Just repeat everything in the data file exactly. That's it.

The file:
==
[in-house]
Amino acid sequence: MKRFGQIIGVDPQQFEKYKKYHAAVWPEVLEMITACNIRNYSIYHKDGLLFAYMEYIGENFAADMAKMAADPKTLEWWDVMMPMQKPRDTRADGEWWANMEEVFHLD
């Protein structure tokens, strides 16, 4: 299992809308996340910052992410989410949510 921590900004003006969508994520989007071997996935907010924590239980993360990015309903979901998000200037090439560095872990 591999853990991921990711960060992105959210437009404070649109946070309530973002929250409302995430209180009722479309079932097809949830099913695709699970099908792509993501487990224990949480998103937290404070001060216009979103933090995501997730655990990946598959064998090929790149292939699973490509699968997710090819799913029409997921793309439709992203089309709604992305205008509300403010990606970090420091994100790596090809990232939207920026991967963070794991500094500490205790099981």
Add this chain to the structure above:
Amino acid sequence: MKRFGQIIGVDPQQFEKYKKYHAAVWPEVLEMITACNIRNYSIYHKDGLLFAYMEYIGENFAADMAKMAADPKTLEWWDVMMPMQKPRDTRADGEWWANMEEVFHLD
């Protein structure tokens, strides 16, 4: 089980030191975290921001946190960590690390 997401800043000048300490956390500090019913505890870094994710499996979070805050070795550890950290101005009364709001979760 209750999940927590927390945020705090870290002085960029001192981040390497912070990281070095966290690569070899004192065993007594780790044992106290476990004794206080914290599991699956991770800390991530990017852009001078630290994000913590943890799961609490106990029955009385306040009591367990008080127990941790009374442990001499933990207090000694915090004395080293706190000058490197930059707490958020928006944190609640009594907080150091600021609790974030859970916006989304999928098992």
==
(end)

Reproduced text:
[in-house]
Amino acid sequence: MKRFGQIIGVDPQQFEKYKKYHAAVWPEVLEMITACNIRNYSIYHKDGLLFAYMEYIGENFAADMAKMAADPKTLEWWDVMMPMQKPRDTRADGEWWANMEEVFHLD
């Protein structure tokens, strides 16, 4: 299992809308996340910052992410989410949510 921590900004003006969508994520989007071997996935907010924590239980993360990015309903979901998000200037090439560095872990 591999853990991921990711960060992105959210437009404070649109946070309530973002929250409302995430209180009722479309079932097809949830099913695709699970099908792509993501487990224990949480998103937290404070001060216009979103933090995501997730655990990946598959064998090929790149292939699973490509699968997710090819799913029409997921793309439709992203089309709604992305205008509300403010990606970090420091994100790596090809990232939207920026991967963070794991500094500490205790099981």
Add this chain to the structure above:
Amino acid sequence: MKRFGQIIGVDPQQFEKYKKYHAAVWPEVLEMITACNIRNYSIYHKDGLLFAYMEYIGENFAADMAKMAADPKTLEWWDVMMPMQKPRDTRADGEWWANMEEVFHLD
């Protein structure tokens, strides 16, 4: 089980030191975290921001946190960590690390 997401800043000048300490956390500090019913505890870094994710499996979070805050070795550890950290101005009364709001979760 209750999940927590927390945020705090870290002085960029001192981040390497912070990281070095966290690569070899004192065993007594780790044992106290476990004794206080914290599991699956991770800390991530990017852009001078630290994000913590943890799961609490106990029955009385306040009591367990008080127990941790009374442990001499933990207090000694915090004395080293706190000058490197930059707490958020928006944190609640009594907080150091600021609790974030859970916006989304999928098992």